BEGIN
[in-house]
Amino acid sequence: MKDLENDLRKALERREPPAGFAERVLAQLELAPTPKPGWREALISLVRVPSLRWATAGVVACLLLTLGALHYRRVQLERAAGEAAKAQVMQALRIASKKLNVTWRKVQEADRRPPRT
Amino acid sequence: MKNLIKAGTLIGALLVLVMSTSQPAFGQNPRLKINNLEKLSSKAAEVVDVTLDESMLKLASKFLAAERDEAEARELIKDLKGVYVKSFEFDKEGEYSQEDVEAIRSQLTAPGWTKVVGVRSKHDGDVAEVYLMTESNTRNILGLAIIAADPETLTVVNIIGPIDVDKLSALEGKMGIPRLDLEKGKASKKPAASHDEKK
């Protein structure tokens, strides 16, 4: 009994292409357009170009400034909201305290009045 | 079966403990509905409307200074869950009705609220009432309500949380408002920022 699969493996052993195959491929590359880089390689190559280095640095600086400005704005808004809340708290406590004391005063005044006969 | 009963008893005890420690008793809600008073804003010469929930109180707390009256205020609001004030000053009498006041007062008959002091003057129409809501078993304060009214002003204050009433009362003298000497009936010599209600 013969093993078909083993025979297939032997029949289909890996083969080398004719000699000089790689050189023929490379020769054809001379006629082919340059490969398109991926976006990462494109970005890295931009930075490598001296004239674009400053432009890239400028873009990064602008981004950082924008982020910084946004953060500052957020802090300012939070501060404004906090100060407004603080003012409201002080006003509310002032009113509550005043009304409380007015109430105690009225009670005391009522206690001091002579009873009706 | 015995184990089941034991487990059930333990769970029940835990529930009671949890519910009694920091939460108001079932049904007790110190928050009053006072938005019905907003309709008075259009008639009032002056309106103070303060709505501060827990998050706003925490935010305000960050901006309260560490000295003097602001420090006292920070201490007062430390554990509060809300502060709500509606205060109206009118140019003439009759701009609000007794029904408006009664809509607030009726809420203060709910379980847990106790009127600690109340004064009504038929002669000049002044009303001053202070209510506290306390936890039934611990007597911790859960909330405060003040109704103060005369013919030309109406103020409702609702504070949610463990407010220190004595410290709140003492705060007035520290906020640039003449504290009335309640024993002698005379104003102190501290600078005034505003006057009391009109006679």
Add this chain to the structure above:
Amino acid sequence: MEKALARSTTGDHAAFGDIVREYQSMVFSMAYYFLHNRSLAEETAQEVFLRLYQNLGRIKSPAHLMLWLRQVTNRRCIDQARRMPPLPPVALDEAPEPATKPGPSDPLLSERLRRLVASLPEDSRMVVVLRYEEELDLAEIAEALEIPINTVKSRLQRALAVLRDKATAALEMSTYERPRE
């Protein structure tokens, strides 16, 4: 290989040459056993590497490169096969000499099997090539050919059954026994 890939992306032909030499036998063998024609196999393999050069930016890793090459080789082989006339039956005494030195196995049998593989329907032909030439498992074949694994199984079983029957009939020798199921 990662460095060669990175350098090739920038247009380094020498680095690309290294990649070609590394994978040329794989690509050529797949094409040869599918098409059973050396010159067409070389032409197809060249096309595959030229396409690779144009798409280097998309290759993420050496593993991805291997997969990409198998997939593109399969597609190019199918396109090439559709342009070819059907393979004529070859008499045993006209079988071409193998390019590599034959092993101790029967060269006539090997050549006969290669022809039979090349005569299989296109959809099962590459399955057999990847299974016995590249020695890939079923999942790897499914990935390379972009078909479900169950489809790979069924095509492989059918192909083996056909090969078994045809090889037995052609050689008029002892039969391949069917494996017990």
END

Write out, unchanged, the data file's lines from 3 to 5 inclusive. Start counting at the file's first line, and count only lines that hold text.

Amino acid sequence: MKNLIKAGTLIGALLVLVMSTSQPAFGQNPRLKINNLEKLSSKAAEVVDVTLDESMLKLASKFLAAERDEAEARELIKDLKGVYVKSFEFDKEGEYSQEDVEAIRSQLTAPGWTKVVGVRSKHDGDVAEVYLMTESNTRNILGLAIIAADPETLTVVNIIGPIDVDKLSALEGKMGIPRLDLEKGKASKKPAASHDEKK
């Protein structure tokens, strides 16, 4: 009994292409357009170009400034909201305290009045 | 079966403990509905409307200074869950009705609220009432309500949380408002920022 699969493996052993195959491929590359880089390689190559280095640095600086400005704005808004809340708290406590004391005063005044006969 | 009963008893005890420690008793809600008073804003010469929930109180707390009256205020609001004030000053009498006041007062008959002091003057129409809501078993304060009214002003204050009433009362003298000497009936010599209600 013969093993078909083993025979297939032997029949289909890996083969080398004719000699000089790689050189023929490379020769054809001379006629082919340059490969398109991926976006990462494109970005890295931009930075490598001296004239674009400053432009890239400028873009990064602008981004950082924008982020910084946004953060500052957020802090300012939070501060404004906090100060407004603080003012409201002080006003509310002032009113509550005043009304409380007015109430105690009225009670005391009522206690001091002579009873009706 | 015995184990089941034991487990059930333990769970029940835990529930009671949890519910009694920091939460108001079932049904007790110190928050009053006072938005019905907003309709008075259009008639009032002056309106103070303060709505501060827990998050706003925490935010305000960050901006309260560490000295003097602001420090006292920070201490007062430390554990509060809300502060709500509606205060109206009118140019003439009759701009609000007794029904408006009664809509607030009726809420203060709910379980847990106790009127600690109340004064009504038929002669000049002044009303001053202070209510506290306390936890039934611990007597911790859960909330405060003040109704103060005369013919030309109406103020409702609702504070949610463990407010220190004595410290709140003492705060007035520290906020640039003449504290009335309640024993002698005379104003102190501290600078005034505003006057009391009109006679």
Add this chain to the structure above: